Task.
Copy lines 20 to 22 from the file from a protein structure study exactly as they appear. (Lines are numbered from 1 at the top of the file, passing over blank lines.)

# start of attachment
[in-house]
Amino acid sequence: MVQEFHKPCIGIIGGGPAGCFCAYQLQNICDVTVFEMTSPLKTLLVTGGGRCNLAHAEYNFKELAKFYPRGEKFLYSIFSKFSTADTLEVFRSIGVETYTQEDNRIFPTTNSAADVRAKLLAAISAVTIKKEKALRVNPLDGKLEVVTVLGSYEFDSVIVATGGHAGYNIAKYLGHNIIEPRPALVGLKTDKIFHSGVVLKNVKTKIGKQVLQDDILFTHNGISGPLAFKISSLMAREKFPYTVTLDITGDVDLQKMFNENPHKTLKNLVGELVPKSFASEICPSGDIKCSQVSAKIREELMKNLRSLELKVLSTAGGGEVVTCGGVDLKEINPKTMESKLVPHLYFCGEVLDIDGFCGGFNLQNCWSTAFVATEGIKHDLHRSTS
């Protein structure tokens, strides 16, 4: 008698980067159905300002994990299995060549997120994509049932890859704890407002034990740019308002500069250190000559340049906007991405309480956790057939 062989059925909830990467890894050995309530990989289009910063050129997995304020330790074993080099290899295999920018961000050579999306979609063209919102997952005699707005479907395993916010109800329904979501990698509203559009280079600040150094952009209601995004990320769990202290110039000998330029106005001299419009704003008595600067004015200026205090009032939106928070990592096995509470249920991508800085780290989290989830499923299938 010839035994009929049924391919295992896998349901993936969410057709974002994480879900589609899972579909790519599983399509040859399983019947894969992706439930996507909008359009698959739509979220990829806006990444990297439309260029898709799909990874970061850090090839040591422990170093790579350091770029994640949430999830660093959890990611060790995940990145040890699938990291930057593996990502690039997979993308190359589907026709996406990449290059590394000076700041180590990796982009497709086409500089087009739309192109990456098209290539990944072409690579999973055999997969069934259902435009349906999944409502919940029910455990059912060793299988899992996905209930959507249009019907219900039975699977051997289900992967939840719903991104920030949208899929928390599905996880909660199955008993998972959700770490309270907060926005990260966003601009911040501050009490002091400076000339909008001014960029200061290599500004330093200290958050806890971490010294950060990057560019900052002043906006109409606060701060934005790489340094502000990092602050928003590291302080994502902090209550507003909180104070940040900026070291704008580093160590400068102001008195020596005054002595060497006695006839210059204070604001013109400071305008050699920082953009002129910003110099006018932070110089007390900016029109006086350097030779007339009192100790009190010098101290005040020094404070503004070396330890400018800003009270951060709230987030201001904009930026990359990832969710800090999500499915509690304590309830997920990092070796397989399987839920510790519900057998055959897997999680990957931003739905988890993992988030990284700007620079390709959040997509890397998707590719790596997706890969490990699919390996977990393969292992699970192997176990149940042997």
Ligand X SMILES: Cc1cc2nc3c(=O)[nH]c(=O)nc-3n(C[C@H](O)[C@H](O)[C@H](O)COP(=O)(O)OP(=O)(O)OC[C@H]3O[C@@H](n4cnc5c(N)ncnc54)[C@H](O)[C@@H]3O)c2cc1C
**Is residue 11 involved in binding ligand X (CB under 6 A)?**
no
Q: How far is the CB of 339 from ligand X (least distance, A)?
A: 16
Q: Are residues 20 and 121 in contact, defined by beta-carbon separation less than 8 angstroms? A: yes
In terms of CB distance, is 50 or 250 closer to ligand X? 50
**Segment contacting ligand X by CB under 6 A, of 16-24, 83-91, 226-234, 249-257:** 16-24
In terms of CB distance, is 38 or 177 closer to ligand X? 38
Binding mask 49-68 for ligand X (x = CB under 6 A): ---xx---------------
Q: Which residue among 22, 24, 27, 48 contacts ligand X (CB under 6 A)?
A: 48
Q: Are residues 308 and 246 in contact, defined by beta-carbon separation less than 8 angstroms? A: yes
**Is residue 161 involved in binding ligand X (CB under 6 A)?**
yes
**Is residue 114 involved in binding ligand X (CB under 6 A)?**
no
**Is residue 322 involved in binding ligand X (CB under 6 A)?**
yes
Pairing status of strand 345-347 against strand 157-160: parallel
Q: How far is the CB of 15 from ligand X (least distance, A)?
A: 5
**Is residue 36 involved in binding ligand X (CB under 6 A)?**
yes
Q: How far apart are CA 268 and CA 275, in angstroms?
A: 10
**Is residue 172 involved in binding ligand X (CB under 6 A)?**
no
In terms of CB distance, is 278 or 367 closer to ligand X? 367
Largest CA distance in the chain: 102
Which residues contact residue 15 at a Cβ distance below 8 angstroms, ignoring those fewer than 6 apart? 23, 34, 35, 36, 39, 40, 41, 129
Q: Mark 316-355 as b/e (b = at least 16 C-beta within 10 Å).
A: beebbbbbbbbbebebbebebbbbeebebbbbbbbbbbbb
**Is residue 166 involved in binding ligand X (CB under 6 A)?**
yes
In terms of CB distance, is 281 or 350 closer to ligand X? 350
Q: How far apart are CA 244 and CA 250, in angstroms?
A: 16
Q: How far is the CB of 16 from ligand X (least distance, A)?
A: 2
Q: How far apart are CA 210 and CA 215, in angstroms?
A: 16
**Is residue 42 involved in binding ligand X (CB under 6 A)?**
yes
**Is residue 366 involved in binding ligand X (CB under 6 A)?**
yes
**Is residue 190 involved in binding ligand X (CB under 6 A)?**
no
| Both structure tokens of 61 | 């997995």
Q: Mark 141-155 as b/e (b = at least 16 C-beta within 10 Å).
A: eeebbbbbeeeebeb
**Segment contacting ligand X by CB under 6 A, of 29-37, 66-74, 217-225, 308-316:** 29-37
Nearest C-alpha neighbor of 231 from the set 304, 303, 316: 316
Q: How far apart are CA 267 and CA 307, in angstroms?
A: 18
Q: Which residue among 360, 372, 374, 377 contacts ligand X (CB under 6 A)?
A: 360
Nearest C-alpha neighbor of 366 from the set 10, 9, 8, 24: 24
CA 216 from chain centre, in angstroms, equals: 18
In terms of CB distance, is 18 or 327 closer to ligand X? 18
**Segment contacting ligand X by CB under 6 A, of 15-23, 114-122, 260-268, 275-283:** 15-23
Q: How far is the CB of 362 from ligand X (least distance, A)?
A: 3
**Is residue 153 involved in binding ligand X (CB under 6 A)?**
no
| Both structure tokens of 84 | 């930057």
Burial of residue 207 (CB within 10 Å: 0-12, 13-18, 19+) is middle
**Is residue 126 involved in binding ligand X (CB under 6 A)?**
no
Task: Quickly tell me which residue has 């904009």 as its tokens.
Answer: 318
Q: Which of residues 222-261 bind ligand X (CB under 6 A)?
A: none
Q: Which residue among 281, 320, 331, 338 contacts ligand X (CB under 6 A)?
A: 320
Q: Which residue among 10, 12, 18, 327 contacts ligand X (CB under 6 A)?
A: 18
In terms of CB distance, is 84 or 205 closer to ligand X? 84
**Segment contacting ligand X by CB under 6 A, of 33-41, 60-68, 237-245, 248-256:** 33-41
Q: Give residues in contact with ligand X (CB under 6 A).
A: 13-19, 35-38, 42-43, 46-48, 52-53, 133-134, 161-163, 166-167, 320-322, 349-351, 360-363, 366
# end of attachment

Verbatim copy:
no
**Is residue 322 involved in binding ligand X (CB under 6 A)?**
yes